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Taiwan's former vice president to meet new China leader
by Staff Writers
Taipei (AFP) Feb 24, 2013

China's Xi vows friendly ties with Taiwan
Beijing (AFP) Feb 25, 2013 - New Chinese leader Xi Jinping vowed Monday to pursue friendly ties with Taiwan and keep seeking "peaceful reunification" in a meeting with an influential politician from the island, state media reported.

Xi, who became Communist Party chief in November and is set to assume the country's presidency next month, held talks with Lien Chan, a former vice president of Taiwan, the official Xinhua news agency said.

China and Taiwan have been governed separately since 1949 when China's communists defeated the nationalist Kuomintang party in a civil war. The nationalists fled to Taiwan and have ruled the island for most of the past six decades.

Xi echoed Beijing's longstanding position, saying it was the "duty" of the party's new leadership to keep pushing for "peaceful reunification" and "maintain consistency in policies... by unswervingly upholding the one-China principle".

Cross-strait relations have improved since the Kuomintang's Ma Ying-jeou became Taiwan's president in 2008 on a Beijing-friendly platform. He was re-elected in 2012 for a final four-year term.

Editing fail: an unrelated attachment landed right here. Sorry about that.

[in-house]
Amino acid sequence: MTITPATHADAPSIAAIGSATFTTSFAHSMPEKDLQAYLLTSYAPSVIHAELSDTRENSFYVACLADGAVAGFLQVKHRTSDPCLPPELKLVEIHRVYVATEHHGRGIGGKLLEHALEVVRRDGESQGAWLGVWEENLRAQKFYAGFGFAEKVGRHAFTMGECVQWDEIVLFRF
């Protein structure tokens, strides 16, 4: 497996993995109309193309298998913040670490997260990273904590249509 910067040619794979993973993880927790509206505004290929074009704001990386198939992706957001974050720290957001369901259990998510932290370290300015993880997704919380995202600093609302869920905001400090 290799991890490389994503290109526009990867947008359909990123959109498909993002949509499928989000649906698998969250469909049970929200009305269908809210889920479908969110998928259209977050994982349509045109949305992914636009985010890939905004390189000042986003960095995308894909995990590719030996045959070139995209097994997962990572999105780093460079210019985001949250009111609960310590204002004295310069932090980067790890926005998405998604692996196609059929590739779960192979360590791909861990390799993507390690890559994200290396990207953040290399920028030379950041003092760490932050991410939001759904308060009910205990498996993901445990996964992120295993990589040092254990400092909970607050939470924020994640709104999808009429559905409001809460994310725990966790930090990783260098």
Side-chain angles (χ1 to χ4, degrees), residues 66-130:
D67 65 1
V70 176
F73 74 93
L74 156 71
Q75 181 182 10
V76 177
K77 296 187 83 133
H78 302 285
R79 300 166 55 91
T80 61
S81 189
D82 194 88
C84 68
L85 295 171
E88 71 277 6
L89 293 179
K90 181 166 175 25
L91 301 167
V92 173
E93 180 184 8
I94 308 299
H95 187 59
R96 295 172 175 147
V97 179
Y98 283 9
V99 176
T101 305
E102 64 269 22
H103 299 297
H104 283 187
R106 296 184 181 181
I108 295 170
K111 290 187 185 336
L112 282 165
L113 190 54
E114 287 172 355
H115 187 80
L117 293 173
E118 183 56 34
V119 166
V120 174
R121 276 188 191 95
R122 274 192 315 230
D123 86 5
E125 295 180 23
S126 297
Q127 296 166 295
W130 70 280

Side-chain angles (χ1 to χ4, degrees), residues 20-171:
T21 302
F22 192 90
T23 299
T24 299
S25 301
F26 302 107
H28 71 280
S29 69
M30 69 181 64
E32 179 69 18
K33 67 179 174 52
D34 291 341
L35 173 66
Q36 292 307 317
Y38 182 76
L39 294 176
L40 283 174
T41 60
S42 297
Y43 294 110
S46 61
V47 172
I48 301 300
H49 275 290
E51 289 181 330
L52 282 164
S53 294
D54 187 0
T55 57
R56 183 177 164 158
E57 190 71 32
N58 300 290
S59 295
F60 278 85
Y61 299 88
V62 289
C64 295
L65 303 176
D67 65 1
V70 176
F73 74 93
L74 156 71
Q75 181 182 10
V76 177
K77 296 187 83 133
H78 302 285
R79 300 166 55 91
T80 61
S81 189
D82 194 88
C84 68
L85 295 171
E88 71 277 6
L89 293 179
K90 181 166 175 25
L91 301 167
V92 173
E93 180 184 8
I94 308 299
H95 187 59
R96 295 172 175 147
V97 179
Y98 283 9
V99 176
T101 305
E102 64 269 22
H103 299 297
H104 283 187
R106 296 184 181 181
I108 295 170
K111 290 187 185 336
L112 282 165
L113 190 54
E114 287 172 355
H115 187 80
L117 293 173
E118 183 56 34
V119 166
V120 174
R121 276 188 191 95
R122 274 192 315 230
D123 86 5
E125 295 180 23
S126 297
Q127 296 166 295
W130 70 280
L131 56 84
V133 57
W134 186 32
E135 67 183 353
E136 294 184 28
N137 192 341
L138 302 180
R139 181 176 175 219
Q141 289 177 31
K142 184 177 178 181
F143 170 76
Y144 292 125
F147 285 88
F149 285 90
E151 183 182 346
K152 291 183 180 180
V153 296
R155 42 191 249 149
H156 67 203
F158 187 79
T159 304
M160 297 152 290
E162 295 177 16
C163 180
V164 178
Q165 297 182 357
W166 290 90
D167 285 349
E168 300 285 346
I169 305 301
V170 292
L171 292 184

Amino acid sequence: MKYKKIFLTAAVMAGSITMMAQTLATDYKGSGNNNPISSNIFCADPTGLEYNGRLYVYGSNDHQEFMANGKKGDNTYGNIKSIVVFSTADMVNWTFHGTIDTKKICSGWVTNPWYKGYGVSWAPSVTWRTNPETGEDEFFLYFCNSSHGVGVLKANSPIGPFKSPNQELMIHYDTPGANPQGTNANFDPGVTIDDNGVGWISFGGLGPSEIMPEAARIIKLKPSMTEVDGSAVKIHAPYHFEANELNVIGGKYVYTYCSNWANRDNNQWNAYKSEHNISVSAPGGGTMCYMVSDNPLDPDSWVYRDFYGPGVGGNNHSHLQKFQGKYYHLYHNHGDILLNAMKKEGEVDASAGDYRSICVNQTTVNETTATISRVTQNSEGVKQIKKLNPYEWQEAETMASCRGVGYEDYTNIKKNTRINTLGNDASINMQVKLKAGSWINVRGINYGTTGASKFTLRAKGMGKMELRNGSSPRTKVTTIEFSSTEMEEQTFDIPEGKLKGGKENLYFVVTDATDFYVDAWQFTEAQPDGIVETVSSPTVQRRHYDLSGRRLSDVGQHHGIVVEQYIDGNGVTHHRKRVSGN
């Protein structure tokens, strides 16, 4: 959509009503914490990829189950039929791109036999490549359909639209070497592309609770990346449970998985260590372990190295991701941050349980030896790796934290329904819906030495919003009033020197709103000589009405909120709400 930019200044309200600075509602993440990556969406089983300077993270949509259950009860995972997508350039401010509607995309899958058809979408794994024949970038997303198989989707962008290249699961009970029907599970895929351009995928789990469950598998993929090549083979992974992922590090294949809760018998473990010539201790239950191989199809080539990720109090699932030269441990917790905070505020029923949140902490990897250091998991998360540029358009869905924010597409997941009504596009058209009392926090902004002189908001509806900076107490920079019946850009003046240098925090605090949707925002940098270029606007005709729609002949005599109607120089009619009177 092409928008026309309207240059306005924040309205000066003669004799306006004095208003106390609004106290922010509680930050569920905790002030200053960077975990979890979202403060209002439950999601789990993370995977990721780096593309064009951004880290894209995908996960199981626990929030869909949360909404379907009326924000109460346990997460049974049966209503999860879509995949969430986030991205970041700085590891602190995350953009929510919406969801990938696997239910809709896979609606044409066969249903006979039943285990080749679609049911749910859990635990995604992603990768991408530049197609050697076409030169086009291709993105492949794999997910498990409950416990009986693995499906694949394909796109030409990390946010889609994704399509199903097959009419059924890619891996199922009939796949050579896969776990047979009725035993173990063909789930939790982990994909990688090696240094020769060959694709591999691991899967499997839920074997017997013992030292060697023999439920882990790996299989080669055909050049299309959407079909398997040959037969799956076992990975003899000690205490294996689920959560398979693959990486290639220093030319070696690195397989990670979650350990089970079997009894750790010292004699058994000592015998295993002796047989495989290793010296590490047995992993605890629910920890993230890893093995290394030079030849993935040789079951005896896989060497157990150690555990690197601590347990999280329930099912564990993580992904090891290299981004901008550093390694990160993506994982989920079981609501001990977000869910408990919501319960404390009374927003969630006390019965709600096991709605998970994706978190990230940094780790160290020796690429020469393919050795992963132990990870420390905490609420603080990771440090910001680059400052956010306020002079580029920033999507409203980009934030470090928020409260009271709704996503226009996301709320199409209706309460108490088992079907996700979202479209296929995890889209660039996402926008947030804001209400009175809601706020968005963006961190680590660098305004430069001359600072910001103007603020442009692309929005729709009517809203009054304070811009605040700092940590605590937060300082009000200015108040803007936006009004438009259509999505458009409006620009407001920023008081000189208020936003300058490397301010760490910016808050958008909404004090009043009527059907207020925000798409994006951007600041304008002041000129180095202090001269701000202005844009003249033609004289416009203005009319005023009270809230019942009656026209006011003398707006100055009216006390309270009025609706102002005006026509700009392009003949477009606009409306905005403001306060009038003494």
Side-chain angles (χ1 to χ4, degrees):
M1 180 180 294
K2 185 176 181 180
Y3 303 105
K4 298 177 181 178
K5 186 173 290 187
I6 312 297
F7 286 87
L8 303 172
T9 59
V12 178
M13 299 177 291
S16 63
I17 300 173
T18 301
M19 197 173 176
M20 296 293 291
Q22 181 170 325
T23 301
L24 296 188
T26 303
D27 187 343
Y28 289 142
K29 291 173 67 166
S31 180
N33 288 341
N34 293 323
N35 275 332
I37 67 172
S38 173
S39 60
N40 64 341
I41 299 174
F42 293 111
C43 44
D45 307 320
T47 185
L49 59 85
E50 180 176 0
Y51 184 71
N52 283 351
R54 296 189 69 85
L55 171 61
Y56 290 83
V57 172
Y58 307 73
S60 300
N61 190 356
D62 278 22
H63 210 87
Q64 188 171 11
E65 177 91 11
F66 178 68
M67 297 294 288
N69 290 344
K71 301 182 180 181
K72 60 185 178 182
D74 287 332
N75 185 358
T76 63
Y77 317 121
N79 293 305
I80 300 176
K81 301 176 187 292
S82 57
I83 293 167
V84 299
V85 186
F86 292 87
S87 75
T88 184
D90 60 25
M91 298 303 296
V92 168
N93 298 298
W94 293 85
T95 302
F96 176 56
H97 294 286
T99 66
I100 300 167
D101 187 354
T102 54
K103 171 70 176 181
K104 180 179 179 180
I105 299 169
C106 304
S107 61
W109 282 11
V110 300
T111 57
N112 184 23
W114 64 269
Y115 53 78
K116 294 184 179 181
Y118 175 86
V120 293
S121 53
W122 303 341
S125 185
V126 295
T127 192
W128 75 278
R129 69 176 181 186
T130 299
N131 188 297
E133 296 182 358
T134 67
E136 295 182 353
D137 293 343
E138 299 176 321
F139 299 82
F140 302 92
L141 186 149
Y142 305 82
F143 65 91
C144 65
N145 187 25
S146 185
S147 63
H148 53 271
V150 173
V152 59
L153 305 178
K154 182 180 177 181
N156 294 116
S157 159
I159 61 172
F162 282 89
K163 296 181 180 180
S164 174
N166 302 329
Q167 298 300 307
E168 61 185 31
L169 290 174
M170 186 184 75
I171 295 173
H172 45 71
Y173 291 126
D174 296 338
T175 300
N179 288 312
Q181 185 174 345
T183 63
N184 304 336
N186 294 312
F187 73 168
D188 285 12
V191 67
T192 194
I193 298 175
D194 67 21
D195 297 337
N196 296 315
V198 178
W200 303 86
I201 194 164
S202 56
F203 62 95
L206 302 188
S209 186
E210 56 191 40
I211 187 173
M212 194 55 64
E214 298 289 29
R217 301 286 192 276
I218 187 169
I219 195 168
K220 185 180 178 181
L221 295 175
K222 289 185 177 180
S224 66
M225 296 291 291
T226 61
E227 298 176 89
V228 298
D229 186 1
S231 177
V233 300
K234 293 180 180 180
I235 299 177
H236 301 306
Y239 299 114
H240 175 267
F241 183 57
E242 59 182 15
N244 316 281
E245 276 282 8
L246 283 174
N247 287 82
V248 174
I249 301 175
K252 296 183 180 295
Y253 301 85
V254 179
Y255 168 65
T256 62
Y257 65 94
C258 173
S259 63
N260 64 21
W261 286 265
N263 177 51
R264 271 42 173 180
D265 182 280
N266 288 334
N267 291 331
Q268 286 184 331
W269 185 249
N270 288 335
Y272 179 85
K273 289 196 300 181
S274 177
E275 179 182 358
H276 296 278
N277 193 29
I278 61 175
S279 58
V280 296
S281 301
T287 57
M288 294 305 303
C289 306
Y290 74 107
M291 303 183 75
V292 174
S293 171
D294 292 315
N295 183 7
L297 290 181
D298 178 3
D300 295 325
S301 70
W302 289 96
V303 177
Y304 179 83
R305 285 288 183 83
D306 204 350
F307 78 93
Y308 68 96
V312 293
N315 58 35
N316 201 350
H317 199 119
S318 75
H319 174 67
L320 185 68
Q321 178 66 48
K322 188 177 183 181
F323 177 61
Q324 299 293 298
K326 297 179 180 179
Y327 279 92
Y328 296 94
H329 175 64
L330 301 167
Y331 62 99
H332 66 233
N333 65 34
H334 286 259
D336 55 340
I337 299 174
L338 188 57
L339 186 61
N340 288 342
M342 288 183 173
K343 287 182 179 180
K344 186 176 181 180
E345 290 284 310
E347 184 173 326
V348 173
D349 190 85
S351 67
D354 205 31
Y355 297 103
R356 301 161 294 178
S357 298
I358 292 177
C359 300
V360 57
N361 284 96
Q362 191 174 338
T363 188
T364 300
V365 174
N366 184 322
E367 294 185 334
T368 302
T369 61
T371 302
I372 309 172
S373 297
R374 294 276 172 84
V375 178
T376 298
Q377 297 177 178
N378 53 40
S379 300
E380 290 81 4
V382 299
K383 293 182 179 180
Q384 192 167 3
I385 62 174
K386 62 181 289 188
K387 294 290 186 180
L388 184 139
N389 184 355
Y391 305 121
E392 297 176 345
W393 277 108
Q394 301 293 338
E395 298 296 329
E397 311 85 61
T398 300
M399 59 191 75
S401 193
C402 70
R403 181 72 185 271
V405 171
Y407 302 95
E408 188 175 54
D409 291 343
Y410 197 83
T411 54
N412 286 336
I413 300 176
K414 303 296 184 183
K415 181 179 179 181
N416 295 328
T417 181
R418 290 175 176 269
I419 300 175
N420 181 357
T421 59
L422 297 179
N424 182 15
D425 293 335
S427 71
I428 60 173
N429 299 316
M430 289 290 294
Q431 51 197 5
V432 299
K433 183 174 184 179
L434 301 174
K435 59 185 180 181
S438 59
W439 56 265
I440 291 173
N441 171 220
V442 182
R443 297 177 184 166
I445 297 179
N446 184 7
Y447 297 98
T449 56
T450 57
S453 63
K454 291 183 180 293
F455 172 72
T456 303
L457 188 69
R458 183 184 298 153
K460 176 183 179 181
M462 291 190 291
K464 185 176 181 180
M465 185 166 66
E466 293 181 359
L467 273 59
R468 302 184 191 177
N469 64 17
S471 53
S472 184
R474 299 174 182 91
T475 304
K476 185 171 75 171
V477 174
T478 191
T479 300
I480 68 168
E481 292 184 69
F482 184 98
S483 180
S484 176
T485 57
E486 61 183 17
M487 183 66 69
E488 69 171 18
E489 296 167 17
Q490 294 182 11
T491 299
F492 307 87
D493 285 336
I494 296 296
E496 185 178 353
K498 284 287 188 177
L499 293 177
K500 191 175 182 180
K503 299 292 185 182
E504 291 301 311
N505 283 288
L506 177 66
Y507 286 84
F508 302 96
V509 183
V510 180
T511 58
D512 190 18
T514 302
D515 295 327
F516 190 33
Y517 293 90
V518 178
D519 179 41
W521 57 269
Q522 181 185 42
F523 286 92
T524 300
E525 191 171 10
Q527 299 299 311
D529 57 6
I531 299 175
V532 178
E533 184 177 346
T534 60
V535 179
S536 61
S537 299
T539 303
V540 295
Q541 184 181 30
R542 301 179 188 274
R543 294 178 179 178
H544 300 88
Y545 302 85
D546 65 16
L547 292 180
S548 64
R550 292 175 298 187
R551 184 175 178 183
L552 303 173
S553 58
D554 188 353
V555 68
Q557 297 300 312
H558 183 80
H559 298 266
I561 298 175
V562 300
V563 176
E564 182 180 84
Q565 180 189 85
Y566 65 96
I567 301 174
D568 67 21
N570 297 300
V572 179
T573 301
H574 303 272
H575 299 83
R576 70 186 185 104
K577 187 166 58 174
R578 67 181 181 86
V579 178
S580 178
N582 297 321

A Taiwan politician known for making a landmark 2005 visit to China flew to Beijing Sunday to meet China's Communist Party chief Xi Jinping in the highest level cross-strait meeting since Xi took office, officials said.

Former vice president Lien Chan led a 30-strong delegation of politicians and business leaders to China's capital where he is scheduled to meet Xi on Monday.

Lien said he will use the trip to meet "new and old friends" including Xi, who is due to formally become China's president in March in a choreographed leadership change, and outgoing President Hu Jintao.

"Cross-strait ties took a twist separately in 2005 and 2008 and there's no denying that since then the ties have improved markedly," Lien told reporters ahead of his departure, mindful of his ice-breaking 2005 trip as chief of the island's nationalist Kuomintang party.

Taiwan and China resumed dialogue in 2008 after splitting in 1949 at the end of a civil war, leading to the resumption of direct flights and the signing of the Economic Cooperation Framework Agreement trade pact.

"But there's still room for development of the ties," Lien said, without going into details.

Despite the fast-warming relationship, the former bitter rivals technically remain at war, with the People's Liberation Army aiming more than 1,600 ballistic and cruise missiles at the island.

Beijing claims the island as part of its territory awaiting reunification, even though Taiwan has ruled itself for more than six decades.

Ties with China have improved markedly since the Kuomintang's Ma Ying-jeou became Taiwan's president in 2008 on a Beijing-friendly platform. He was re-elected in 2012 for a final four-year term.


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